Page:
The API gravity of crude oil input to U.S. refineries has generally increased, or gotten lighter, since 2011 because of changes in domestic production and imports. Regionally, refinery crude slates—or the mix of crude oil grades that a refinery is processing—have become lighter in the East Coast, Gulf Coast, and West Coast regions, and they have become slightly heavier in the Midwest and Rocky Mountain regions.
API gravity is measured as the inverse of the density of a petroleum liquid relative to water. The higher the API gravity, the lower the density of the petroleum liquid, so light oils have high API gravities. Crude oil with an API gravity greater than 38 degrees is generally considered light crude oil; crude oil with an API gravity of 22 degrees or below is considered heavy crude oil.
The crude slate processed in refineries situated along the Gulf Coast—the region with the most refining capacity in the United States—has had the largest increase in API gravity, increasing from an average of 30.0 degrees in 2011 to an average of 32.6 degrees in 2018. The West Coast had the heaviest crude slate in 2018 at 28.2 degrees, and the East Coast had the lightest of the three regions at 34.8 degrees.
Production of increasingly lighter crude oil in the United States has contributed to the overall lightening of the crude oil slate for U.S. refiners. The fastest-growing category of domestic production has been crude oil with an API gravity greater than 40 degrees, according to data in the U.S. Energy Information Administration’s (EIA) Monthly Crude Oil and Natural Gas Production Report.
Since 2015, when EIA began collecting crude oil production data by API gravity, light crude oil production in the Lower 48 states has grown from an annual average of 4.6 million barrels per day (b/d) to 6.4 million b/d in the first seven months of 2019.
Source: U.S. Energy Information Administration, Monthly Crude Oil and Natural Gas Production Report
When setting crude oil slates, refiners consider logistical constraints and the cost of transportation, as well as their unique refinery configuration. For example, nearly all (more than 99% in 2018) crude oil imports to the Midwest and the Rocky Mountain regions come from Canada because of geographic proximity and existing pipeline and rail infrastructure between these regions.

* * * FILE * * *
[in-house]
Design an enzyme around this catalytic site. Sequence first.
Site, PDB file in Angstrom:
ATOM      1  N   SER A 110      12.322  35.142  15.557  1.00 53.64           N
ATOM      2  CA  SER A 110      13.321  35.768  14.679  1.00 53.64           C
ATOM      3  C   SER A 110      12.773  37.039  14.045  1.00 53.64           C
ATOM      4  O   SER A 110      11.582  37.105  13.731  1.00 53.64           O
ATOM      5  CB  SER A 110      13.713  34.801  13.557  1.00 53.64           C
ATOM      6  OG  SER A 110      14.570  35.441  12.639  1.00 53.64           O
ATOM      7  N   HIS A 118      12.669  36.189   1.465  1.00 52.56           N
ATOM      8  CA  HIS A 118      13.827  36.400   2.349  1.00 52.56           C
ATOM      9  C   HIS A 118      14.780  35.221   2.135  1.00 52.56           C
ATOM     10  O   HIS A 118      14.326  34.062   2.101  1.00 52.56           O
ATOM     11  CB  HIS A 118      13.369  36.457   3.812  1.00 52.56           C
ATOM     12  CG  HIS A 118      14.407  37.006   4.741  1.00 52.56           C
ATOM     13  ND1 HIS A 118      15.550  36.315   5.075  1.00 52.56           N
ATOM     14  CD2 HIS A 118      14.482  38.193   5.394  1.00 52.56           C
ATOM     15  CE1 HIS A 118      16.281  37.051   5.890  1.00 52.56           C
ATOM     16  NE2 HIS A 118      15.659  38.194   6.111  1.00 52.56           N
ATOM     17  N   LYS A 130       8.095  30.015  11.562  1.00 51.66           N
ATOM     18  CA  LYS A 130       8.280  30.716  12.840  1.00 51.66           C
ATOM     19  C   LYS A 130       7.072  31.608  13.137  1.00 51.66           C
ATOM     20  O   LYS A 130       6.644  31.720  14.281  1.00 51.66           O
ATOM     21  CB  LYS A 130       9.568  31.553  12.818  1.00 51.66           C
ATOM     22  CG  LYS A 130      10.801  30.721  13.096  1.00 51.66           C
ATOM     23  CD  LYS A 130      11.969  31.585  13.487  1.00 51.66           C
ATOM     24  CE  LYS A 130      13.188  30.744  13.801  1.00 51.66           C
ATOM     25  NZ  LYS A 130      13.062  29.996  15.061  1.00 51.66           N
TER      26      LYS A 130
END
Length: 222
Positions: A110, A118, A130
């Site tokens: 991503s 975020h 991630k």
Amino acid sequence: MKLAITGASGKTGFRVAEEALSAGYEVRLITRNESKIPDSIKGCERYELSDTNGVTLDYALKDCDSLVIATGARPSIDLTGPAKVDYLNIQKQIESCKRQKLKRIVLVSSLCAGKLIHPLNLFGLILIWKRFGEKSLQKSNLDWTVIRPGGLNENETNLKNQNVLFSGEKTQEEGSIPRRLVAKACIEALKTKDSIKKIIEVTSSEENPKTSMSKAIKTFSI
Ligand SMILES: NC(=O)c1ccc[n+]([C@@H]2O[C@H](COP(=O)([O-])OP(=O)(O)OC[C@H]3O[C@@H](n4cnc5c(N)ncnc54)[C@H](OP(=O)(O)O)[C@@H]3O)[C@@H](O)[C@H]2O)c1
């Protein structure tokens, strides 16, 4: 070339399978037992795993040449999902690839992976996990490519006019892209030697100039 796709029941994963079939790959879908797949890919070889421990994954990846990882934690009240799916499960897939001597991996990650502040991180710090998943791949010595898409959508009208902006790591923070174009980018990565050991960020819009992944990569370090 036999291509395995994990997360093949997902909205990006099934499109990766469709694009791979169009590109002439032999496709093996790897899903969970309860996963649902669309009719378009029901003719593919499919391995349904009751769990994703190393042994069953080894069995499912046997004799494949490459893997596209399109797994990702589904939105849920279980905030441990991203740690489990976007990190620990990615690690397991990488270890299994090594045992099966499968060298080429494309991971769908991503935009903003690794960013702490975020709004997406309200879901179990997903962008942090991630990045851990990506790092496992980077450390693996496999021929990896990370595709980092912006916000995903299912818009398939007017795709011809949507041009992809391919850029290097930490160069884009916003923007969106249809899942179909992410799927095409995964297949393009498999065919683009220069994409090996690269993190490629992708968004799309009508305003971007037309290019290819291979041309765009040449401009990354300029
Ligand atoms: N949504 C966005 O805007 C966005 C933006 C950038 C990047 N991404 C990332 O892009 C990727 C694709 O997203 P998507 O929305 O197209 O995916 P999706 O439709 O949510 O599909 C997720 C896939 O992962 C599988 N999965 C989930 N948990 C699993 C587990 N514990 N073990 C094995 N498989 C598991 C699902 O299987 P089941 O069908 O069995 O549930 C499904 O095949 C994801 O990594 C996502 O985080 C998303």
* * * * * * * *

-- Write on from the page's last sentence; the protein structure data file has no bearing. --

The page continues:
Crude oil imports from Canada, which consist of mostly heavy crude oil, have increased by 67% since 2011 because of increased Canadian production. Crude oil imports from Canada have accounted for a greater share of refinery inputs in the Midwest and Rocky Mountain regions, leading to heavier refinery crude slates in these regions.
By comparison, crude oil production in Texas tends to be lighter: Texas accounted for half of crude oil production above 40 degrees API in the United States in 2018. The share of domestic crude oil in the Gulf Coast refinery crude oil slate increased from 36% in 2011 to 70% in 2018. As a result, the change in the average API gravity of crude oil processed in refineries in the Gulf Coast region was the largest increase among all regions in the United States during that period.
East Coast refineries have three ways to receive crude oil shipments, depending on which are more economical: by rail from the Midwest, by coastwise-compliant (Jones Act) tankers from the Gulf Coast, or by importing. From 2011 to 2018, the share of imported crude oil in the East Coast region decreased from 95% to 81% as the share of domestic crude oil inputs increased. Conversely, the share of imported crude oil at West Coast refineries increased from 46% in 2011 to 51% in 2018.
Headline crude prices for the week beginning 7 October 2019 – Brent: US$58/b; WTI: US$52/b
Headlines of the week
In the October 2019 Short-Term Energy Outlook (STEO), the U.S. Energy Information Administration (EIA) forecasts lower crude oil prices in the fourth quarter of 2019 and in 2020 despite tighter global balances. The tighter balances are largely the result of unprecedented short-lived loss of global supply following the September 14 attacks on crude oil production and processing infrastructure in Saudi Arabia. The production declines contribute to overall stock draws in the second half of 2019 with a relatively large stock draw in the third quarter. In the fourth quarter, however, EIA forecasts global supply growth will outpace global demand growth, resulting in an inventory build, offsetting some of the third quarter draws (Figure 1). EIA lowered its crude oil price forecast for the fourth quarter of 2019 by $1 per barrel (b) to $59/b, reflecting current price trends, and lowered its crude oil price forecast for 2020 by $2/b to average $60/b because of expected supply growth.
In the October STEO, EIA forecasts total global petroleum stocks in the second half of 2019 will decrease by an average of 290,000 barrels per day (b/d), compared with the September STEO forecast stock build of 250,000 b/d for the same period. EIA forecasts total world crude oil and other liquids production for the second half of 2019 to average 101.3 million b/d, down by 550,000 b/d from the September STEO. Most of the production decline is the result of lower output from Saudi Arabia, reducing the collective output of the Organization of the Petroleum Exporting Countries (OPEC) to 34.8 million b/d for the second half of 2019.